A lot. Especially when it comes to film-making. There you also have to come up with a master plan, a strategy how to deal with unforeseen difficulties. And, most importantly, you have to find a way how to protect the soul of the project against all kinds of forces that are trying to interfere with your initial vision. So keeping on doing what you´re doing against all odds is definitely a lesson that I learned during my writing-years.


In Europe the number of graffiti publications and graffiti based companies outnumber the U.S. Why do you think this is so? What graffiti videos and magazines, if any, were you exposed to early on? What publications are you now a fan of?

Of course I saw all the classics, memorized every single piece in “Subway Art“ and saw most of the mags that started to appear around the late eighties, early nineties in Europe. I guess the first American mag I ever saw was a copy of IGTimes.
I really don´t know why there are more European publications and graffiti-based companies. Maybe because people (at least the ones working in publishing, art and everything related to these things) were a little more open to recognize writing as an art form at first. But that´s just a guess…

I haven´t checked out too many of the new mags. From Here to Fame is constantly releasing great stuff, like the SENTO and the PART ONE books, and of course Dokument Press in Sweden.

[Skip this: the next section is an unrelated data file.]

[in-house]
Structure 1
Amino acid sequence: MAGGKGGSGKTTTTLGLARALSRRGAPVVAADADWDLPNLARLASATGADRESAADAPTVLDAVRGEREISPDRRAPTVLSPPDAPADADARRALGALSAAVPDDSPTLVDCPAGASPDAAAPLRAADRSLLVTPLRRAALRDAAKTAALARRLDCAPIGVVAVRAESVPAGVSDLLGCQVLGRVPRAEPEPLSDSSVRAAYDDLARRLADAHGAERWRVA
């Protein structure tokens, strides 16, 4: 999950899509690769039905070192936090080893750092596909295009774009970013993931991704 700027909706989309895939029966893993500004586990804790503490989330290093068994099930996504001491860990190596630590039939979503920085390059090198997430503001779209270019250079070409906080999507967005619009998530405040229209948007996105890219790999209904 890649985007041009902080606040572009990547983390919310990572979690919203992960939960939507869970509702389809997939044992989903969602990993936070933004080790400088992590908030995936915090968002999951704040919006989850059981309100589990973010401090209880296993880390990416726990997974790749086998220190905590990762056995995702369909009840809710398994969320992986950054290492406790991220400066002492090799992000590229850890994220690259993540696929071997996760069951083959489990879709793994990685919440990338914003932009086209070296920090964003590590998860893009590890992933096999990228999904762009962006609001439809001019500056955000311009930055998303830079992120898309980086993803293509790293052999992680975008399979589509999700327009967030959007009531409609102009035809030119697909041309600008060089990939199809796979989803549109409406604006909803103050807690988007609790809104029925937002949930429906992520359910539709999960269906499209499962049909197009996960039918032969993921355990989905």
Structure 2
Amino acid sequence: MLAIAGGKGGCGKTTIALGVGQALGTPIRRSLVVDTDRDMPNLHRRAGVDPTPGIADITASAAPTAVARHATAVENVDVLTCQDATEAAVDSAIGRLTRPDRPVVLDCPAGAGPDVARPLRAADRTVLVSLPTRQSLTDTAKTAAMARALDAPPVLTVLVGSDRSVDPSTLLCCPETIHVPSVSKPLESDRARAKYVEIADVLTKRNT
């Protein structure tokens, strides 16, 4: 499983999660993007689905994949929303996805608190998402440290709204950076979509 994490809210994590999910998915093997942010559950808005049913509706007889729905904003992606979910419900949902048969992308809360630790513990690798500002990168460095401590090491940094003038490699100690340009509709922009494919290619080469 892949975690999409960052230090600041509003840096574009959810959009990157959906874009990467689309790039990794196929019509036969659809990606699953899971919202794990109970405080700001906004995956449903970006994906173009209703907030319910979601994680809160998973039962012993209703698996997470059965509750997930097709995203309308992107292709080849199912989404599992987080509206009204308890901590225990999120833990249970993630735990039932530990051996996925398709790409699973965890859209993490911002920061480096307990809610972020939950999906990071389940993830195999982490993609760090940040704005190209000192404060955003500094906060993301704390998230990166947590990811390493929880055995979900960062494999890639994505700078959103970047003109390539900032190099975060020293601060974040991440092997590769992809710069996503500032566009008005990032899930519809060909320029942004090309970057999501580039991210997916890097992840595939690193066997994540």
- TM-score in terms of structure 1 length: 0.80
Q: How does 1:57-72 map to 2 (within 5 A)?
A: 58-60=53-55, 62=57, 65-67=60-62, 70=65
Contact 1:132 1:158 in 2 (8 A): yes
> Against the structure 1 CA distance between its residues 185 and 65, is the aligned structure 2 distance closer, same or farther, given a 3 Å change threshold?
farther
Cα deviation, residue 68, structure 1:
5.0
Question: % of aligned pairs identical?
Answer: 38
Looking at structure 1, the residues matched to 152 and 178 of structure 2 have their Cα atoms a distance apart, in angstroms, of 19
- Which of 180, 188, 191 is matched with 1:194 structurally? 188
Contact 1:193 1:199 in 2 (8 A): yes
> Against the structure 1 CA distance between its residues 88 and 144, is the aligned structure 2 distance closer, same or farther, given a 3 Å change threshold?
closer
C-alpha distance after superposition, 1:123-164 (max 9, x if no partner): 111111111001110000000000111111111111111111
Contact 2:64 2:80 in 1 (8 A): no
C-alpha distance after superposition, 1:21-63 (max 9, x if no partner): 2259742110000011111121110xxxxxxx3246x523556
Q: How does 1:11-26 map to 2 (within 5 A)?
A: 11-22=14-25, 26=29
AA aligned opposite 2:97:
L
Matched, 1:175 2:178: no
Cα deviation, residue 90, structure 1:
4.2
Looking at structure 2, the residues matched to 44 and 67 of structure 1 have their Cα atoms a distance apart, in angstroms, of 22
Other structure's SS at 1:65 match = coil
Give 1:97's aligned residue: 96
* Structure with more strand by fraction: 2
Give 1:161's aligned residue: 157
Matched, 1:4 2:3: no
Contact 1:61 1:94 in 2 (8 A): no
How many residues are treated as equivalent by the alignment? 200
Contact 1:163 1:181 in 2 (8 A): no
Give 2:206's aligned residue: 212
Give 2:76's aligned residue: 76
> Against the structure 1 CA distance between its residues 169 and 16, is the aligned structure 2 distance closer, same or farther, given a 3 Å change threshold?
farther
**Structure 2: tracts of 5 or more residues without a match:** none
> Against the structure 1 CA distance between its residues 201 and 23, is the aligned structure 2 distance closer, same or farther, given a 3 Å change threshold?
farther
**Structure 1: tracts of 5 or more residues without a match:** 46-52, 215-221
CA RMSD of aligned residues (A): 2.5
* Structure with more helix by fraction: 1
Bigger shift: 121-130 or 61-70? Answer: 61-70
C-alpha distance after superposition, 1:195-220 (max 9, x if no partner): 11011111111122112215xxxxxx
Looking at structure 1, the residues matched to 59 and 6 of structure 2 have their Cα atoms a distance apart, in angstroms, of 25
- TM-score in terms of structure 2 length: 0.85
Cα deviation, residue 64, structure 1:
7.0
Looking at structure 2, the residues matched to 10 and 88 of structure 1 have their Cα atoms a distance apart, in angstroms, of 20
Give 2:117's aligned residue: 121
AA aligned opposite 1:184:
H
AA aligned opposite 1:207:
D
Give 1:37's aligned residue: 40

Where did you study film? Which filmmakers influence you?

I studied film at New York University, Tisch School of the Arts. There are too many filmmakers that have inspired me to name them all. But as a reference for “Wholetrain“ I would name films like “Kids“ by Larry Clark, “La Haine“ by Mathieu Kassovitz and the work of French filmmaker Siegfried.

Now onto the film, with the subject matter I could imagine the extra difficulties you’d encounter. What challenges and obstacles did you experience during the making of the film?

There were really nothing but challenges and obstacles, right from the start. Producers and funders were very suspicious, they didn´t want to get burned by investing in a project that deals with graffiti-writing, a subject matter still regarded by general society as being controversial.

Once I had production partners and the funding together it was almost impossible to get shooting permission. The German railway company refused to collaborate and informed all other European railway companies about the project so the film would be blocked. This was an odyssey of almost three years. And when we had finally finished the film, theater owners refused to show it because they were scared their theaters might get wrecked by writers.

Everyone is probably wondering how and where you acquired a train to paint on. Please let us know how this came about.

It was a lucky coincidence. We had tried almost everything when a friend of mine from Warsaw recommended a Polish production company to me which had great connections to the Polish railway officials. So we joined forces and they managed to change the minds of these officials even though we had been turned down by them before.

What do you know now after completing the film that would’ve been useful to know in the beginning?

A little more about the politics behind the international distribution of a film (see below).